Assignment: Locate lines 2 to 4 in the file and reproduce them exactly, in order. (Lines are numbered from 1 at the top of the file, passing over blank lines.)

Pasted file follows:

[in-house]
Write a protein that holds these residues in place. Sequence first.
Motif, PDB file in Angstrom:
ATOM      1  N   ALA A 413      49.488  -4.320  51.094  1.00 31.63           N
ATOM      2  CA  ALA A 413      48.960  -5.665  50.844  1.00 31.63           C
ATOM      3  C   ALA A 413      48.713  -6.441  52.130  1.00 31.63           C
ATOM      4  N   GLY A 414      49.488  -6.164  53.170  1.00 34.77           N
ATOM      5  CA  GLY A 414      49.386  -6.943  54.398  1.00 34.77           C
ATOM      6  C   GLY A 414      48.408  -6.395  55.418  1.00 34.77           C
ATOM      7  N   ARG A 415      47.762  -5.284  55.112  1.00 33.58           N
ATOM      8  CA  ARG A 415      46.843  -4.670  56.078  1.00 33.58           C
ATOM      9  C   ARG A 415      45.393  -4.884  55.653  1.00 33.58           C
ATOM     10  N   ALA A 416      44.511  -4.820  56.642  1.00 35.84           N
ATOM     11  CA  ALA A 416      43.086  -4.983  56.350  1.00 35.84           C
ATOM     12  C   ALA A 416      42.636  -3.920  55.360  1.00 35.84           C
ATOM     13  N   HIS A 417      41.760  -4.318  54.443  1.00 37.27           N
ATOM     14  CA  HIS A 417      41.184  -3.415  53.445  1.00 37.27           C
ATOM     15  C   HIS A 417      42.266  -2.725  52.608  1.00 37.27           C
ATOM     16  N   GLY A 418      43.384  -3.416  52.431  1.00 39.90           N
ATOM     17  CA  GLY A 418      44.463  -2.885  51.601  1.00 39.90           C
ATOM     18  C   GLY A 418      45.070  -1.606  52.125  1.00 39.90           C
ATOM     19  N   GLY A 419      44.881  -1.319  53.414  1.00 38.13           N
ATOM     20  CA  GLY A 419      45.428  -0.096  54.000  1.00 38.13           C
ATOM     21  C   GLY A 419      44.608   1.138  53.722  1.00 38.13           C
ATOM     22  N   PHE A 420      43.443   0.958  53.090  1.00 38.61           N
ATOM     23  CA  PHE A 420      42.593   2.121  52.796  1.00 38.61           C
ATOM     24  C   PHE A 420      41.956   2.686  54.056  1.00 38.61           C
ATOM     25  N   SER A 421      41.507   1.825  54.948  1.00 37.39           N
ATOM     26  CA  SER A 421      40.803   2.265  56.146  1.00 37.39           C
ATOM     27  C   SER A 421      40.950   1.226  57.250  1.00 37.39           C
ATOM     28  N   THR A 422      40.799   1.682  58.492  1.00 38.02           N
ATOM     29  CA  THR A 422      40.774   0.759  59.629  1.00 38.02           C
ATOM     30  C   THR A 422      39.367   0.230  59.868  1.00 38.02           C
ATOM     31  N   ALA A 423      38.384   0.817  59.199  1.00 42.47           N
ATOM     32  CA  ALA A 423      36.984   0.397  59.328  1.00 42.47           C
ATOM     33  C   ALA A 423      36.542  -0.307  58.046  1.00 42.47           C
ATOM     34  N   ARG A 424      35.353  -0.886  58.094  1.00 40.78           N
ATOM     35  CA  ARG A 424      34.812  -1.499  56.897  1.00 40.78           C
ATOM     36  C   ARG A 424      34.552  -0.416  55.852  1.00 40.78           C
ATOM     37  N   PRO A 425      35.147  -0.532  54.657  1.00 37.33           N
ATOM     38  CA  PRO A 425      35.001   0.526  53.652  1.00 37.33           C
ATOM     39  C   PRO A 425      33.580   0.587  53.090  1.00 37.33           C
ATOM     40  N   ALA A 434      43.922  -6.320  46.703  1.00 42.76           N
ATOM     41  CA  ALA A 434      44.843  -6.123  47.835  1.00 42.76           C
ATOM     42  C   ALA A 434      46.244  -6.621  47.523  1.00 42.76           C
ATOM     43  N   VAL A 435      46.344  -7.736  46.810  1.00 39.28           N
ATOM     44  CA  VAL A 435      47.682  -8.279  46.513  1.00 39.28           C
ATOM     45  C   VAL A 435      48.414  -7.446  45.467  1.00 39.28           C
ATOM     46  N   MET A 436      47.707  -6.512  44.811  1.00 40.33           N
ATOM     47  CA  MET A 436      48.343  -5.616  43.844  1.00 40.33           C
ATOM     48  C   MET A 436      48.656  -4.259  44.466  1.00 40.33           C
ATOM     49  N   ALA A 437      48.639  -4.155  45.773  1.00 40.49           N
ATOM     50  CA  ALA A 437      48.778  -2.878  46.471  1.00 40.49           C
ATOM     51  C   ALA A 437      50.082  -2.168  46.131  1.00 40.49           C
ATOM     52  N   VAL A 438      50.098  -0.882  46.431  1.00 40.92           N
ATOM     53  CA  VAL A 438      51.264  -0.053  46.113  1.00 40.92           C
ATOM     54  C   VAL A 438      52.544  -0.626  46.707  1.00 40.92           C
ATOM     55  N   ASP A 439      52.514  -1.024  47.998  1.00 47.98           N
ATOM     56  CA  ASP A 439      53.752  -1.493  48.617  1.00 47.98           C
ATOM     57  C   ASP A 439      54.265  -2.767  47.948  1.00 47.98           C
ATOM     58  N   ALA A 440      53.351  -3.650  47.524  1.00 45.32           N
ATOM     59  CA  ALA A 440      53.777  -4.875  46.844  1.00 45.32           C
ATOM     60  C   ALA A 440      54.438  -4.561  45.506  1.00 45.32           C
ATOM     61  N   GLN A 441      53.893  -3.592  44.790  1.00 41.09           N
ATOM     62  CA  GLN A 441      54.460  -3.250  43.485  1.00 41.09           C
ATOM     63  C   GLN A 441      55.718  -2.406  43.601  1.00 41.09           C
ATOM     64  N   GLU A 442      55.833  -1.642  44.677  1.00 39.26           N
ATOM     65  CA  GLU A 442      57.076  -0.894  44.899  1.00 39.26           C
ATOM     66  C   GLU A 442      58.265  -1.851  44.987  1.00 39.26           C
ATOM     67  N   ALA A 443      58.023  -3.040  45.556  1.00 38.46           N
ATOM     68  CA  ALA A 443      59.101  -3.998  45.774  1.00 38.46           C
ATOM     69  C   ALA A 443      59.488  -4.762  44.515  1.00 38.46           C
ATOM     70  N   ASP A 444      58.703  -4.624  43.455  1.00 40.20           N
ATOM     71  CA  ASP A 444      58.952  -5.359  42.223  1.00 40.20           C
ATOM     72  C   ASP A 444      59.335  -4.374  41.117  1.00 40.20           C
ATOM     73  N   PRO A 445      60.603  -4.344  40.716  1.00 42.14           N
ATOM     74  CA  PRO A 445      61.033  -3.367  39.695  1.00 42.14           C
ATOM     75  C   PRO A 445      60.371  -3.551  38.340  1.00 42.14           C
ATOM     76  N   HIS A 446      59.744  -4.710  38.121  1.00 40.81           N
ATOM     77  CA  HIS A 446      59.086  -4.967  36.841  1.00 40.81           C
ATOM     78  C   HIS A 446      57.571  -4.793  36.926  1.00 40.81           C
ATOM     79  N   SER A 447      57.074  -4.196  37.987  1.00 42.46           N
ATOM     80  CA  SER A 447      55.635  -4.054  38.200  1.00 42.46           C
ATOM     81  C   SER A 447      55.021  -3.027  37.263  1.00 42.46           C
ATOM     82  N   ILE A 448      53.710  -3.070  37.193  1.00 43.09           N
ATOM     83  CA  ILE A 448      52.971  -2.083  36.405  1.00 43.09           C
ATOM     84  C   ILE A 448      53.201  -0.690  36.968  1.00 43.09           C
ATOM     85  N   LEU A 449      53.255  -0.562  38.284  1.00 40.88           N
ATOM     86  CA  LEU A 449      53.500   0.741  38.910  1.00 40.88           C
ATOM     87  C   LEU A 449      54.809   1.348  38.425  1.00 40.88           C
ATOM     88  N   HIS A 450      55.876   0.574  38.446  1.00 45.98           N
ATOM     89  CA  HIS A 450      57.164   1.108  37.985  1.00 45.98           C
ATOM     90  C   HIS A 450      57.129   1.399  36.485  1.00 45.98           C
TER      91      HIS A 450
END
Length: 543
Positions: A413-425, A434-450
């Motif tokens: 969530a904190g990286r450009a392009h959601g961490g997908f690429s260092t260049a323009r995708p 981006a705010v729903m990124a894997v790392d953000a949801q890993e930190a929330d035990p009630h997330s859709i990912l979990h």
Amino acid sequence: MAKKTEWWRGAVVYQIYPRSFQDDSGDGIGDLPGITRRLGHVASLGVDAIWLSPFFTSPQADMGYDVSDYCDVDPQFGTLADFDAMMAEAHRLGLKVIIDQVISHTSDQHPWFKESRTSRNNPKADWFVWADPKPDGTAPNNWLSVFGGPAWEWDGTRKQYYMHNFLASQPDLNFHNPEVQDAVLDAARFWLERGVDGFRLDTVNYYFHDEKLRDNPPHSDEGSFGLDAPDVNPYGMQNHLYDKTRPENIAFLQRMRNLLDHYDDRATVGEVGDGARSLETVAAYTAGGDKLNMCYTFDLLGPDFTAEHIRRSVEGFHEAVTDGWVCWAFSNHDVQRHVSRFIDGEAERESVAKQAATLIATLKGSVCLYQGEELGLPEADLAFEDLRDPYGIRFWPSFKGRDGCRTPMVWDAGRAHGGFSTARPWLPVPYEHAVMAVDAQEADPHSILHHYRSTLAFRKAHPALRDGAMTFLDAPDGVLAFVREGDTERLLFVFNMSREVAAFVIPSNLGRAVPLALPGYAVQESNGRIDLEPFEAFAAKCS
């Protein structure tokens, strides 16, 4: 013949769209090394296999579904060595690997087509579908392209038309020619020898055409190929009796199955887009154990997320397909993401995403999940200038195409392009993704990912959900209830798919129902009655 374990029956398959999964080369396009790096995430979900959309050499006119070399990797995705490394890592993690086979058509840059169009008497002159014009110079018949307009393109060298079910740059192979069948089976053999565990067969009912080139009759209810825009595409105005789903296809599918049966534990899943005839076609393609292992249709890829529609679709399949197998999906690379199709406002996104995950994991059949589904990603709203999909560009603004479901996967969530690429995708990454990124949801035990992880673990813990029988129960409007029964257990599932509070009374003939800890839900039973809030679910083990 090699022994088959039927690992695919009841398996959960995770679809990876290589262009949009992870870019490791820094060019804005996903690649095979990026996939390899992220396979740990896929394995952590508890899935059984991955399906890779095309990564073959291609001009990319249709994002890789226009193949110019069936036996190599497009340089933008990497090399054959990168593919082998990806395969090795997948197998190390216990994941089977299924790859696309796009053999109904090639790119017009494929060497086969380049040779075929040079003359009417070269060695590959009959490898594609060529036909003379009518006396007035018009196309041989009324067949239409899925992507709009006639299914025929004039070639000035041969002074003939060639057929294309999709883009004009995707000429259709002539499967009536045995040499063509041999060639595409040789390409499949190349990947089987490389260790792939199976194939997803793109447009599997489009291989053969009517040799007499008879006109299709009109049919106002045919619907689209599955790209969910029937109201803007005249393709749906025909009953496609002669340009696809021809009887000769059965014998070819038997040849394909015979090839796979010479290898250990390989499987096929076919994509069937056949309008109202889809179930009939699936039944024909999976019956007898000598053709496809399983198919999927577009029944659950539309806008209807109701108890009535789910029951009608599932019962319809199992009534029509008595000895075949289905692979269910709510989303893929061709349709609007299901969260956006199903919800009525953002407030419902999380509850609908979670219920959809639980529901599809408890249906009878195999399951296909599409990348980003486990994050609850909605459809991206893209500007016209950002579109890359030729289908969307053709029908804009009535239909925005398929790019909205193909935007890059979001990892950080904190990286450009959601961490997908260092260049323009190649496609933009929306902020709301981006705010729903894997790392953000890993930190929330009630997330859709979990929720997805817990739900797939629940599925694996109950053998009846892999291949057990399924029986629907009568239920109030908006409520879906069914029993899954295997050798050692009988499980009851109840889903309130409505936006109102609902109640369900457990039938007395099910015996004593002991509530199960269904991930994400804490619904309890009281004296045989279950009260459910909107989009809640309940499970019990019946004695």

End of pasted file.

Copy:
Write a protein that holds these residues in place. Sequence first.
Motif, PDB file in Angstrom:
ATOM      1  N   ALA A 413      49.488  -4.320  51.094  1.00 31.63           N